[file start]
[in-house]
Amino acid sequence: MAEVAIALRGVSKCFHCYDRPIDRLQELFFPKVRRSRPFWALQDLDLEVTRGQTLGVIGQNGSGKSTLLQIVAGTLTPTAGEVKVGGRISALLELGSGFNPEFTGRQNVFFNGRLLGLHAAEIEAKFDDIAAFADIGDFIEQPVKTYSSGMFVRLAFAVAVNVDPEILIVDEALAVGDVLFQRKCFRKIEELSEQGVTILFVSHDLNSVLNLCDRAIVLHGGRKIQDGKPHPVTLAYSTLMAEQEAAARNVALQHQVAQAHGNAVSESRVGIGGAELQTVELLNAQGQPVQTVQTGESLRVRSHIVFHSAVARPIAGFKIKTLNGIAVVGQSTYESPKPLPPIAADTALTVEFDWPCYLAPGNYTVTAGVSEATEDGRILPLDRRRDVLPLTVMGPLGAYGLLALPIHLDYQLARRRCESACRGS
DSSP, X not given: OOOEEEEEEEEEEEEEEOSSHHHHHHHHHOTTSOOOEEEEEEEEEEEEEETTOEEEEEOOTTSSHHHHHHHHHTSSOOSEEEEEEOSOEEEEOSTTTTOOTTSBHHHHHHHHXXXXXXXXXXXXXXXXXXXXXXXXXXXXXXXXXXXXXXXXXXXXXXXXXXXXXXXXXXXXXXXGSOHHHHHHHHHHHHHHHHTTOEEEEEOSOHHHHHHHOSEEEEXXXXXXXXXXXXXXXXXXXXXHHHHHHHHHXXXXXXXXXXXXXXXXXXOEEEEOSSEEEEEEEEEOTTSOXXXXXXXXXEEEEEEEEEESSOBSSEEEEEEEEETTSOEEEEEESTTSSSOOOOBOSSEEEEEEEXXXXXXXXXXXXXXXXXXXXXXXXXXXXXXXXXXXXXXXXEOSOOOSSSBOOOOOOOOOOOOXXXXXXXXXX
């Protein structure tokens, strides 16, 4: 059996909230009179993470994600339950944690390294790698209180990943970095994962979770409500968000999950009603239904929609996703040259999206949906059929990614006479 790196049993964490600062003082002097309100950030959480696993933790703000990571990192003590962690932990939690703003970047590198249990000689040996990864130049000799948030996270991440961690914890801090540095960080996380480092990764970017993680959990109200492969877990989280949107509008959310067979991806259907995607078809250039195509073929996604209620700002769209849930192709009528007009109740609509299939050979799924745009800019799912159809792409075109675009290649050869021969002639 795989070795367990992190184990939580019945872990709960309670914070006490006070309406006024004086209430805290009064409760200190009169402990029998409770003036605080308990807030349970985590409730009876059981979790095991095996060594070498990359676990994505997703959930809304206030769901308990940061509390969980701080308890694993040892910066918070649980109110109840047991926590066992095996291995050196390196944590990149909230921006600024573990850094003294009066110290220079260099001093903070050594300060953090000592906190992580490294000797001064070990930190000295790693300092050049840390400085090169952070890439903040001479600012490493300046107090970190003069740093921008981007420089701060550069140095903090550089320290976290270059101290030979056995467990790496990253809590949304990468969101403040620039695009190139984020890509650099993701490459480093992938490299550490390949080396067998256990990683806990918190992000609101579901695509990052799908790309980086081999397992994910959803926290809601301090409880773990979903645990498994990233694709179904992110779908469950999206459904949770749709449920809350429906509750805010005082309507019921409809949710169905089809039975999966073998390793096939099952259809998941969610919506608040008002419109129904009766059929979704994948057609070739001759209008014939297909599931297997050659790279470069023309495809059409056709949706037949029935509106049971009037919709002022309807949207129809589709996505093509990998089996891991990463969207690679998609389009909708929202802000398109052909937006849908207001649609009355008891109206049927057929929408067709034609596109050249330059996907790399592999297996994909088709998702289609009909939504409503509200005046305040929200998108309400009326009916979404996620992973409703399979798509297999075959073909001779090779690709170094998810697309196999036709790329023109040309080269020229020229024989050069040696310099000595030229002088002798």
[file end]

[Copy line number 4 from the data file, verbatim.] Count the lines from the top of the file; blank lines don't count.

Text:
């Protein structure tokens, strides 16, 4: 059996909230009179993470994600339950944690390294790698209180990943970095994962979770409500968000999950009603239904929609996703040259999206949906059929990614006479 790196049993964490600062003082002097309100950030959480696993933790703000990571990192003590962690932990939690703003970047590198249990000689040996990864130049000799948030996270991440961690914890801090540095960080996380480092990764970017993680959990109200492969877990989280949107509008959310067979991806259907995607078809250039195509073929996604209620700002769209849930192709009528007009109740609509299939050979799924745009800019799912159809792409075109675009290649050869021969002639 795989070795367990992190184990939580019945872990709960309670914070006490006070309406006024004086209430805290009064409760200190009169402990029998409770003036605080308990807030349970985590409730009876059981979790095991095996060594070498990359676990994505997703959930809304206030769901308990940061509390969980701080308890694993040892910066918070649980109110109840047991926590066992095996291995050196390196944590990149909230921006600024573990850094003294009066110290220079260099001093903070050594300060953090000592906190992580490294000797001064070990930190000295790693300092050049840390400085090169952070890439903040001479600012490493300046107090970190003069740093921008981007420089701060550069140095903090550089320290976290270059101290030979056995467990790496990253809590949304990468969101403040620039695009190139984020890509650099993701490459480093992938490299550490390949080396067998256990990683806990918190992000609101579901695509990052799908790309980086081999397992994910959803926290809601301090409880773990979903645990498994990233694709179904992110779908469950999206459904949770749709449920809350429906509750805010005082309507019921409809949710169905089809039975999966073998390793096939099952259809998941969610919506608040008002419109129904009766059929979704994948057609070739001759209008014939297909599931297997050659790279470069023309495809059409056709949706037949029935509106049971009037919709002022309807949207129809589709996505093509990998089996891991990463969207690679998609389009909708929202802000398109052909937006849908207001649609009355008891109206049927057929929408067709034609596109050249330059996907790399592999297996994909088709998702289609009909939504409503509200005046305040929200998108309400009326009916979404996620992973409703399979798509297999075959073909001779090779690709170094998810697309196999036709790329023109040309080269020229020229024989050069040696310099000595030229002088002798």